As one would expect, Mr. Lester sued the Department, claiming in part that the provision requiring the waiver of future claims constituted a materially adverse action that would dissuade a reasonable person from engaging in protected activity and, as such, constituted unlawful retaliation against Mr. Lester for filing a claim of discrimination against the Department. (The logic being-if a worker filed a claim of discrimination, the department would force you to either waive all future claims as part of the LCA or else be fired, thus reducing workers’ propensity to file complaints in the first place.)

The take-away from this case is:  We should be extremely cautious in presenting employees with waivers that require them to waive or release future claims or causes of action. When I say “extremely cautious,” I mean don’t do it. Waiving claims arising out of past conduct is probably OK, but waiving claims arising out of as-yet-to-occur, future conduct is probably not enforceable and may well give rise to a retaliation suit, as the Department of Veterans Affairs learned.

Did You Know That Louisiana Law Treats Employees and Independent Contractors Differently?

I was in state court this week, the 19th Judicial District to be precise, arguing an often-overlooked provision of our non-compete statute. The opposing party, let’s refer to them as “Overreaching, Money-Grubbying Bully” or OMGB for short, was attempting to enforce a non-compete agreement against my client, who we will call “Winner.” Specifically, OMGB claimed that my client was in violation of the agreement because he began to solicit customers of OMGB immediately after his services as an independent contractor had been terminated.

We argued successfully that while our non-compete statute allows an employer and employee to agree that an employee will not: 1) engage in business similar to that of her employer or 2) solicit customers of her employer after her employment ceases, on its face the statute only allows an independent contractor to agree that she will not: 1) engage in business similar to that of the party with whom she has contracted. The statute contains no language that would allow an independent contractor to be prevented from soliciting customers of the party with whom she has contracted.

In this instance, my client was not engaging in a competing business in any prohibited parishes, she was merely soliciting customers of the party with whom she had contracted. Although I believe that the difference in the language of the statute as it applies to employees and an independent contractors was due to legislative oversight (perish the thought) rather than intent, the difference is nonetheless there. So, if you are drafting a non-compete agreement between your company and an independent contractor, remember that while you can prohibit them from engaging in competition with you, you probably cannot prevent them from soliciting your employees.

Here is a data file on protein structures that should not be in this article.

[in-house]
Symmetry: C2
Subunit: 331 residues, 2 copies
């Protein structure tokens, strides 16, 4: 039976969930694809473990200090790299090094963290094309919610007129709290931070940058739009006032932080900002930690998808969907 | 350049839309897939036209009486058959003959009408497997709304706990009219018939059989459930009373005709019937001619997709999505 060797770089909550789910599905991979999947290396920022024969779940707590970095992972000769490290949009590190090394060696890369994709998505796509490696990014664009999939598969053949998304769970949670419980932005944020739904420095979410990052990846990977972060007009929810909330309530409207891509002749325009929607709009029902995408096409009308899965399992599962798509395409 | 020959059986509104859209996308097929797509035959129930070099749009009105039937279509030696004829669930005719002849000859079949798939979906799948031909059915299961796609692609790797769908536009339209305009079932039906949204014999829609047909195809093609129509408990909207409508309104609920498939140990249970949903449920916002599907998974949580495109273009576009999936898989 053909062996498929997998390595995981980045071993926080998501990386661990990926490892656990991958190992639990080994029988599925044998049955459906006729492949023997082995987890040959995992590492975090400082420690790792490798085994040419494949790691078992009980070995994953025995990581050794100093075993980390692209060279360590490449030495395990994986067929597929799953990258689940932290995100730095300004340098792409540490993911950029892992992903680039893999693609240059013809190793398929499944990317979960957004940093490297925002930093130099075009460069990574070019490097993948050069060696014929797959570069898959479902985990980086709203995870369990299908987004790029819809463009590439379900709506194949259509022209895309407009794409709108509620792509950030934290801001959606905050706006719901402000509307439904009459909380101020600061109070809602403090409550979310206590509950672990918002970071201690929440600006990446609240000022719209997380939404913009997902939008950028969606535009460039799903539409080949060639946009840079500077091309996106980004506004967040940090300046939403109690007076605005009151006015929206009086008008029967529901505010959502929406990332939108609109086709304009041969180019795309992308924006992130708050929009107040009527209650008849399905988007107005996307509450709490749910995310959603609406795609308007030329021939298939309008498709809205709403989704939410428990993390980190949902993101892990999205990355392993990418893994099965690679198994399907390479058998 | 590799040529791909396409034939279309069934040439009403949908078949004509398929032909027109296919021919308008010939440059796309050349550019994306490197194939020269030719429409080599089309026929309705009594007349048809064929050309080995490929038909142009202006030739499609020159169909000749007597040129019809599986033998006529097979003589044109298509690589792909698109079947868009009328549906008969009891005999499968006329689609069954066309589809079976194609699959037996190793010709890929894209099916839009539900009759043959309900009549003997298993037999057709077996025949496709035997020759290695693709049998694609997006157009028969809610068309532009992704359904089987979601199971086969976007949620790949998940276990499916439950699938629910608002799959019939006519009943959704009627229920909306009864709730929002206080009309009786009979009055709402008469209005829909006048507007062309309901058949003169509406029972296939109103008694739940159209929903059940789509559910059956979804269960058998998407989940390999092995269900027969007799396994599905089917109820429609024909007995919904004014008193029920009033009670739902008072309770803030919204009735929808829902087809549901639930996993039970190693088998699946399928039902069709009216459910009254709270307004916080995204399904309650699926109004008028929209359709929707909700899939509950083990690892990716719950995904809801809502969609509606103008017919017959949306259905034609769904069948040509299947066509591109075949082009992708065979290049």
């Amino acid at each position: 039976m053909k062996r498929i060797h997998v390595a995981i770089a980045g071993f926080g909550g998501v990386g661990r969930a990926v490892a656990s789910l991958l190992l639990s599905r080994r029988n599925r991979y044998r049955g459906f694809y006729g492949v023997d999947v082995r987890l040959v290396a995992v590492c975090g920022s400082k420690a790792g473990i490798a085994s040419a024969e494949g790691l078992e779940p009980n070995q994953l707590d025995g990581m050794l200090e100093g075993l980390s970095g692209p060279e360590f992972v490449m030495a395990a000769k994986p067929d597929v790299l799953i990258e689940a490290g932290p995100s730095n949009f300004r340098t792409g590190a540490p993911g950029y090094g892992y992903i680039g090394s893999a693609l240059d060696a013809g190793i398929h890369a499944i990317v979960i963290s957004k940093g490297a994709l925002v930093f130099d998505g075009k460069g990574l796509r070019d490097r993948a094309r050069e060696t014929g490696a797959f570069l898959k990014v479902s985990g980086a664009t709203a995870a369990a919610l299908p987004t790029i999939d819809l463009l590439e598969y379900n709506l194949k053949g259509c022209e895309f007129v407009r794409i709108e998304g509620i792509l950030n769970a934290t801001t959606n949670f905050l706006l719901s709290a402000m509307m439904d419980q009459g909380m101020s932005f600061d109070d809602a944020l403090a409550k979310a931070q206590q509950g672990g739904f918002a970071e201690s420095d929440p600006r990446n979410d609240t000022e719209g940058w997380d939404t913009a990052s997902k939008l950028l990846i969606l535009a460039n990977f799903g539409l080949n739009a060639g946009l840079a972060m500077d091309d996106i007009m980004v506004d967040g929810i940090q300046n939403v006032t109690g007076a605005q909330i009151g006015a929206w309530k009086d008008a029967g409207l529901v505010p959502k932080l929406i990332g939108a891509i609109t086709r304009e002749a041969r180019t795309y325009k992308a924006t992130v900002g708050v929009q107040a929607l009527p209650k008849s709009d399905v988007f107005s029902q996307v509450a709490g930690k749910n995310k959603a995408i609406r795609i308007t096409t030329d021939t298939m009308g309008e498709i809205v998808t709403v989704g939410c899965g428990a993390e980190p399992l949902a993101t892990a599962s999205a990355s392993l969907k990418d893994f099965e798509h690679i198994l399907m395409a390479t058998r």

Logic Prevails At The NLRB! Some Common Sense HR Policies Are Legal Once Again!

You may recall that in the last year of the Obama administration the National Labor Relations Board issued a Memorandum declaring that a number of what most of us consider to be common sense HR policies were “presumed illegal” because they could have a “chilling effect” on employees’ Section 7 rights.

On Wednesday the NLRB reversed itself and issued a Memorandum stating that nine of these standard HR policies will now be “presumed lawful.” This Memorandum will require some employers to modify their Handbooks; for others, only the application of their existing policies will change. In both instances, the changes will be to the benefit of employers. I have provided a brief summary of the new “presumed lawful” policies for your perusal as well as a couple that are still presumptively unlawful. Continue reading “Logic Prevails At The NLRB! Some Common Sense HR Policies Are Legal Once Again!”

The Perfect Storm: A Convergence of Unpaid Rest Breaks, the FLSA and the FMLA

As most HR professionals are aware, the Fair Labor Standards Act (FLSA) requires that non-exempt employee be paid for rest breaks of up to 20 minutes. Contrary to the common misperception that the Act requires employers to allow two paid breaks per shift, in most industries, it actually does not mandate any certain minimum or maximum number of paid breaks per shift.beverage break breakfast caffeine

Conversely, the Family and Medical Leave Act (FMLA) require employers to allow employees short breaks when certified as necessary by a health care provider. Unless the employer specifies otherwise, FMLA breaks are usually unpaid.

You see the inherent conflict set up between the FLSA (you must pay for short breaks) and the FMLA (FMLA leave is generally not compensable working time). For example, if an employer allows its employees to take three paid, fifteen minute beaks per day, can it not pay an employee for taking one, fifteen minute FMLA-qualified break per day without violating the FMLA or FLSA? Will this constitute retaliation or interference under the FMLA?

Continue reading “The Perfect Storm: A Convergence of Unpaid Rest Breaks, the FLSA and the FMLA”